On October 18, 2021, Hulu and Searchlight Television (the TV division of 20th Century's sister studio, Searchlight Pictures) announced that a sequel variety series, called History of the World, Part II was in the works, with production beginning in spring 2022. Mel Brooks produced and wrote the series along with Wanda Sykes, Ike Barinholtz, and Nick Kroll, who also star.[23] It premiered on March 6, 2023.[24][25]


  1. ^ "History of the World Part 1 (AA)". British Board of Film Classification. July 22, 1981. Retrieved September 18, 2016.
  2. ^ Solomon, Aubrey (1989). Twentieth Century Fox: A Corporate and Financial History. Scarecrow Press. p. 259. ISBN 9780810842441.
  3. ^ a b "History of the World, Part 1". Box Office Mojo. Retrieved September 2, 2016.
  4. ^ Berkowitz, Joe (January 3, 2013). "How I Got My EGOT: 12 Lessons Mel Brooks Learned Making TV, Albums, Movies, and Theater". Fast Company. Retrieved March 2, 2023.
  5. ^ Motamayor, Rafael (January 18, 2023). "One Of History Of The World, Part I's Most Memorable Jokes Was A Last-Minute Addition From Mel Brooks". /Film. Retrieved March 2, 2023.
  6. ^ "The History of the World by Sir Walter Raleigh". University of Washington.
  7. ^ Carlson, Alex (June 1, 2008). "Top 8 Mel Brooks Movies of All-Time". FilmMisery.com. Archived from the original on April 15, 2019. Retrieved December 27, 2012.
  8. ^ a b c Brooks, Mel (June 7, 1981). "The World According to Mel Brooks". The New York Times. pp. D1, D15.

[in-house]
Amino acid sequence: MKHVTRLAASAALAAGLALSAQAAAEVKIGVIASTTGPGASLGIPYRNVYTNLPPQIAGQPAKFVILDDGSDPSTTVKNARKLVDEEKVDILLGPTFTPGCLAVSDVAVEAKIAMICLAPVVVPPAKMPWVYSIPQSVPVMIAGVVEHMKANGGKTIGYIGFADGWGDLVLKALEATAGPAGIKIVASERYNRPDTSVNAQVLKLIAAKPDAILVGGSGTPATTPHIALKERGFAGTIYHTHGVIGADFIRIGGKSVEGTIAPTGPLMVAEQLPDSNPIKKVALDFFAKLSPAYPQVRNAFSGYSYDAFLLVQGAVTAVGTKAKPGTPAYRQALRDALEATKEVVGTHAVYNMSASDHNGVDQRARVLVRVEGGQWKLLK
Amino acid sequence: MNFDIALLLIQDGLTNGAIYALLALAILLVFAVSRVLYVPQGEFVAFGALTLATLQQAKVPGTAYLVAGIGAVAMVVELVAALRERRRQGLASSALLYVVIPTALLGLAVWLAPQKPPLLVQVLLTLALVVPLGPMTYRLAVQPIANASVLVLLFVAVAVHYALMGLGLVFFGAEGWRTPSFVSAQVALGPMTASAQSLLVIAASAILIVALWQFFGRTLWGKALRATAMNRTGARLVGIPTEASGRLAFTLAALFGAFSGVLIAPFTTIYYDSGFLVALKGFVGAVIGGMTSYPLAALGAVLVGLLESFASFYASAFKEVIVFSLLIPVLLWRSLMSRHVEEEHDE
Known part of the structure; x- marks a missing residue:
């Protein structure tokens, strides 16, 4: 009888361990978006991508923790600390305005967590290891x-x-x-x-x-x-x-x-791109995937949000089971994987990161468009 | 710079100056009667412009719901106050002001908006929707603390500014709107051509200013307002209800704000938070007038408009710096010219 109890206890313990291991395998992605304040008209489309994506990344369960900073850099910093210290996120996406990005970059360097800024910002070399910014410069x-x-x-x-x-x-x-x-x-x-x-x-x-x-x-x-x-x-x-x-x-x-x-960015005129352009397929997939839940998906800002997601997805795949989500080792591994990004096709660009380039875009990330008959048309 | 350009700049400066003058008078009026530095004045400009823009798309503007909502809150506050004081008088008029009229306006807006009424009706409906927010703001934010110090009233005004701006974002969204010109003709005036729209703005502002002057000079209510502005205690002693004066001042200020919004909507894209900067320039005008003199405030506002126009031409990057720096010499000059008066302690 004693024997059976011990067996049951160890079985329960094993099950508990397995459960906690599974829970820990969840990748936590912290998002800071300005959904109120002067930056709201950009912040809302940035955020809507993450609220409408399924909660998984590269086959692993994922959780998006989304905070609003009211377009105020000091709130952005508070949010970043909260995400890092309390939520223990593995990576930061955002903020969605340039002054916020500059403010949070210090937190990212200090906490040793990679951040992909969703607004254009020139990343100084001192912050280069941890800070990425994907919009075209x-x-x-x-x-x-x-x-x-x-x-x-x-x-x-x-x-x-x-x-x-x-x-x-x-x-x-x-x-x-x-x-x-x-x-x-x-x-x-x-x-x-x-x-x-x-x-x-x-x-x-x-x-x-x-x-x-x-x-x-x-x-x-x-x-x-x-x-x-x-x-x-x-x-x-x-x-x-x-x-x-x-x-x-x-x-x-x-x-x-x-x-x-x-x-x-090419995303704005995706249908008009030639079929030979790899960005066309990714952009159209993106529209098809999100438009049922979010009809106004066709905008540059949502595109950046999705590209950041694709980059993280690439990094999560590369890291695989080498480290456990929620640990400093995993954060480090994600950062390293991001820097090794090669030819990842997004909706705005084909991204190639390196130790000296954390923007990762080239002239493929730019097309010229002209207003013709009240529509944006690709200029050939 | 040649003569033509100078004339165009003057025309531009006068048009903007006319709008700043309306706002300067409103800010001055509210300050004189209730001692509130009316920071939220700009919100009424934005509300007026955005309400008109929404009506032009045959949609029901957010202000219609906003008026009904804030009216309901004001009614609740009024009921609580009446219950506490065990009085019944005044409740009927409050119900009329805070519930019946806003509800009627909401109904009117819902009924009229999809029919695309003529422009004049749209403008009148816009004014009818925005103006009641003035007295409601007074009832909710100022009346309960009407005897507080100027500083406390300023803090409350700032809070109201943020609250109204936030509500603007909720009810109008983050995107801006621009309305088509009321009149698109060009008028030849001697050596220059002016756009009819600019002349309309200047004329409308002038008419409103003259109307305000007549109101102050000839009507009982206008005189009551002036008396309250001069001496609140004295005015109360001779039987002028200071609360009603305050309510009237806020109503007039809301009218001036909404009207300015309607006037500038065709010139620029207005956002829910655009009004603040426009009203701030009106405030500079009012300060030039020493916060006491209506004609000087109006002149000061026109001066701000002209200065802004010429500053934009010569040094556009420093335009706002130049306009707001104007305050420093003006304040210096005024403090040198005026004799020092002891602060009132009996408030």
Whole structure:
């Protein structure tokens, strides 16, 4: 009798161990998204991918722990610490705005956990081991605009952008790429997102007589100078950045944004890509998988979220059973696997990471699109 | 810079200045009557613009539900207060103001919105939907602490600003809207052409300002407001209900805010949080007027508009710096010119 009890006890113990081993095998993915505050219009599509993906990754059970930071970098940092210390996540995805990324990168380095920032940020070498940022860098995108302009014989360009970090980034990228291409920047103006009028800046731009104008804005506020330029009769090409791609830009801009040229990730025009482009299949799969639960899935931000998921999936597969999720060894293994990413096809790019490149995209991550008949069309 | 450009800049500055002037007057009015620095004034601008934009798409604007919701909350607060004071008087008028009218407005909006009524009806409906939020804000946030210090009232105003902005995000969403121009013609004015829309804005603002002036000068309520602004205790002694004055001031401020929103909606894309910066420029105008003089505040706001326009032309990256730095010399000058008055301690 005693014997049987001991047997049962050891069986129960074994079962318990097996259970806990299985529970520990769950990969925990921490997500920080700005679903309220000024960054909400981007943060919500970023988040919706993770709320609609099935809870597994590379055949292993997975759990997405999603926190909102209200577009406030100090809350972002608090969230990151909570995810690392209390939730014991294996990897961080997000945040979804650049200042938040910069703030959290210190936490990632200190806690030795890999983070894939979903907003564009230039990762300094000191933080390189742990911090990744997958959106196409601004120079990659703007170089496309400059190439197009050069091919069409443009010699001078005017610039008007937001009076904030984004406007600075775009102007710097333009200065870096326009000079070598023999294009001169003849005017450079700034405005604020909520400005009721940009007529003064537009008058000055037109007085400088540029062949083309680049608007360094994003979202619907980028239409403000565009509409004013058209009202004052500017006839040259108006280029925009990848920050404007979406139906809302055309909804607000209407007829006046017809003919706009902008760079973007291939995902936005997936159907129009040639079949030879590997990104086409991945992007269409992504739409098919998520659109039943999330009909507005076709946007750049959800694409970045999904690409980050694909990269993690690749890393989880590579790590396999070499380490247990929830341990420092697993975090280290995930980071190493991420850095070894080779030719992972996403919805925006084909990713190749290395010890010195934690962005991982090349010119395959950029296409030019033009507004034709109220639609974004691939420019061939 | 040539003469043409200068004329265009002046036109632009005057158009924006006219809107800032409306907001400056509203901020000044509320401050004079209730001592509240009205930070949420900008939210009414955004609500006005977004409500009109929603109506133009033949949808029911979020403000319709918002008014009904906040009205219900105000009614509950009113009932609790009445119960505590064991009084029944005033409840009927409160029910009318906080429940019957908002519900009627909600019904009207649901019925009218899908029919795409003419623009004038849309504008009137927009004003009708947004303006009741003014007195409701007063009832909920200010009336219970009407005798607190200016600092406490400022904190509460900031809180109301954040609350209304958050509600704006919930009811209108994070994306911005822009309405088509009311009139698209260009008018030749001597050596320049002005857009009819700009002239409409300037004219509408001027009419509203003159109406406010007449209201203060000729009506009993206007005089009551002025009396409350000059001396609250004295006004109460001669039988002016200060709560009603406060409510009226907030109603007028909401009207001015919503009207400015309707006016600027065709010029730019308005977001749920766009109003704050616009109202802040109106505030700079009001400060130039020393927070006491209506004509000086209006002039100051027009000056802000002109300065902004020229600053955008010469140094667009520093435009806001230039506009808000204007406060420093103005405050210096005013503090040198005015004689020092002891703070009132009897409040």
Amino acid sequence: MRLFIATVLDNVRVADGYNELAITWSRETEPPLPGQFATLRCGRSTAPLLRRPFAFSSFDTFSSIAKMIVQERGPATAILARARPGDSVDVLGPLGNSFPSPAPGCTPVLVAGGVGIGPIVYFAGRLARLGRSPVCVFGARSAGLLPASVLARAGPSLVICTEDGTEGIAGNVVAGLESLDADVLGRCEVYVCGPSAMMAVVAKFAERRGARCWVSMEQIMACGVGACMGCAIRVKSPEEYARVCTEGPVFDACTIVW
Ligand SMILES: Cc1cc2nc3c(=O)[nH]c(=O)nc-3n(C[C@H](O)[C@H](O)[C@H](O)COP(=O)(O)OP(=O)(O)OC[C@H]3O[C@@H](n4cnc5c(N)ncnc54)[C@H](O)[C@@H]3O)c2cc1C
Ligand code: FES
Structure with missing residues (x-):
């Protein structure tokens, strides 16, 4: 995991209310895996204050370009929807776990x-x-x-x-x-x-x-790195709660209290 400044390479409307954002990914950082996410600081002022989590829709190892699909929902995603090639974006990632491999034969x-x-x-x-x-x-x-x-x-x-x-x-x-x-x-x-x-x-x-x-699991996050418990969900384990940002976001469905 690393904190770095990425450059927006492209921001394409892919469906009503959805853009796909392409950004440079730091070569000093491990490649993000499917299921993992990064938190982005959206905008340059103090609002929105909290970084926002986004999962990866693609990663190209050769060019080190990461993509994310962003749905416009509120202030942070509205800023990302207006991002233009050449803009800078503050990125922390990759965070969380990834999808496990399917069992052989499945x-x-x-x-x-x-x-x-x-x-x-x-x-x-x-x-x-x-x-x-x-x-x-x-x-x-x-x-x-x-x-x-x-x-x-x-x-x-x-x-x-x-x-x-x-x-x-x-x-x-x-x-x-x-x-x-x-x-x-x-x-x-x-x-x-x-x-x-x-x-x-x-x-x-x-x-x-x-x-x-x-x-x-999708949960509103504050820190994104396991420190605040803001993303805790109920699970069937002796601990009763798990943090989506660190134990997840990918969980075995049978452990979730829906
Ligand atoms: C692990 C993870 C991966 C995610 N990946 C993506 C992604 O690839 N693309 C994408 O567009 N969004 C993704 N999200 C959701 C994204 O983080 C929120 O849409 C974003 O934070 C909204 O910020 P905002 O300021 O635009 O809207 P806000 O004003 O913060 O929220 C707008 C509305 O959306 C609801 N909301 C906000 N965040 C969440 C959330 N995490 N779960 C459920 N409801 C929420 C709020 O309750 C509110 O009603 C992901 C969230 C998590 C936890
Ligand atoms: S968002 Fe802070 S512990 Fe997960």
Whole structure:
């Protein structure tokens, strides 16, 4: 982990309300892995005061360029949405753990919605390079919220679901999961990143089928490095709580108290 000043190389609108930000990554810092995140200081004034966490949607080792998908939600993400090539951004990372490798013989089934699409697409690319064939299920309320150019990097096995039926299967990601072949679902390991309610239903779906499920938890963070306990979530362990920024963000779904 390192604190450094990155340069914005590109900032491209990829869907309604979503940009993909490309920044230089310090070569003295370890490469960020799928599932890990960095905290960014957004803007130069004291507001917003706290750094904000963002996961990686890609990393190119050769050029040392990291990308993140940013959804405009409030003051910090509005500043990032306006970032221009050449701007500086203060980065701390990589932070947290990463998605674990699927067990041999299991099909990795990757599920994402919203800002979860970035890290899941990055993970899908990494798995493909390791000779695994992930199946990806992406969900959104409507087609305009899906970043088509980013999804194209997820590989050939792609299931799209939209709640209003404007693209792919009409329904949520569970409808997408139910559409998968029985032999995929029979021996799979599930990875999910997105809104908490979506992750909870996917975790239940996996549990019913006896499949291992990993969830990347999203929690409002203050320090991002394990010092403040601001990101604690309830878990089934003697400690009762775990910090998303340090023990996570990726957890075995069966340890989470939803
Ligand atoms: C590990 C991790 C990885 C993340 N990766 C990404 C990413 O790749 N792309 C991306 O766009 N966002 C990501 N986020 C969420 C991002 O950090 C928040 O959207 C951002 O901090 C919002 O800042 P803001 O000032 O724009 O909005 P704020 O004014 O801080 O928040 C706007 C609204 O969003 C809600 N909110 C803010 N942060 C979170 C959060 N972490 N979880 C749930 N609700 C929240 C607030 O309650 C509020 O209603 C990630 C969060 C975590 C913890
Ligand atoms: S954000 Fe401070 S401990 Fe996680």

9. ^ Evans, Bradford (September 1, 2011). "The Lost Roles of Richard Pryor". Splitsider. Archived from the original on June 29, 2015. Retrieved December 11, 2018.
  10. ^ "Mel Brooks Explains Blunder in Paying Orson Welles $25,000 for 'History of the World, Part I'". The Hollywood Reporter. May 6, 2020.
  11. ^ Gene, Siskel (June 7, 1981). "Mel Brooks plays 'History' for new laughs". Section 6. Chicago Tribune. pp. 5, 6.
  12. ^ History of the World, Part I at Rotten Tomatoes
  13. ^ Ebert, Roger (January 1, 1981). "History of the World Part 1". RogerEbert.com. Retrieved February 17, 2023.
  14. ^ Siskel, Gene (June 12, 1981). "Brooks' 'History': Funny, uneven blast from the past". Section 3. Chicago Tribune. p. 3.
  15. ^ Maslin, Janet (June 12, 1981). "Film: Brooks's 'History of the World'". The New York Times. p. C14.
  16. ^ Kael, Pauline (June 29, 1981). "The Current Cinema". The New Yorker. p. 93.
  17. ^ "History of the World—Part I". Variety. December 31, 1980. p. 18. Retrieved February 17, 2023.
  18. ^ Benson, Sheila (June 11, 1981). "Brooks' 'History': The Formula Turns Sour". Los Angeles Times. p. Part VI, p. 1.
  19. ^ Arnold, Gary (June 12, 1981). "Whirl of 'History'". The Washington Post. p. E1.
  20. ^ Maltin, Leonard, ed. (1995). Leonard Maltin's 1996 Movie & Video Guide. Signet. p. 582. ISBN 0-451-18505-6.
  21. ^ a b "Weekend Biz Breaks B.O. Logjam; 'Raiders,' 'Titans' and 'History' Score". Variety. June 17, 1981. p. 3.
  22. ^ Harmetz, Aljean (September 9, 1981). "HOLLYWOOD IS JOYOUS OVER ITS RECORD GROSSING SUMMER". The New York Times. Retrieved October 10, 2017.
  23. ^ Otterson, Joe (October 18, 2021). "'History of the World Part II' Variety Series Ordered at Hulu, Mel Brooks to Write and Executive Produce (EXCLUSIVE)". Variety. Archived from the original on October 18, 2021. Retrieved October 20, 2021.
  24. ^ Huff, Lauren (January 4, 2023). "See first look at Nick Kroll, Wanda Sykes, and Ike Barinholtz in 'History of the World Part II'". Entertainment Weekly. Retrieved January 4, 2023.
  25. ^ Porter, Rick (January 13, 2023). "Mel Brooks' 'History of the World, Part II' Unveils Trailer, Star-Studded Guest Cast". The Hollywood Reporter. Retrieved February 17, 2023.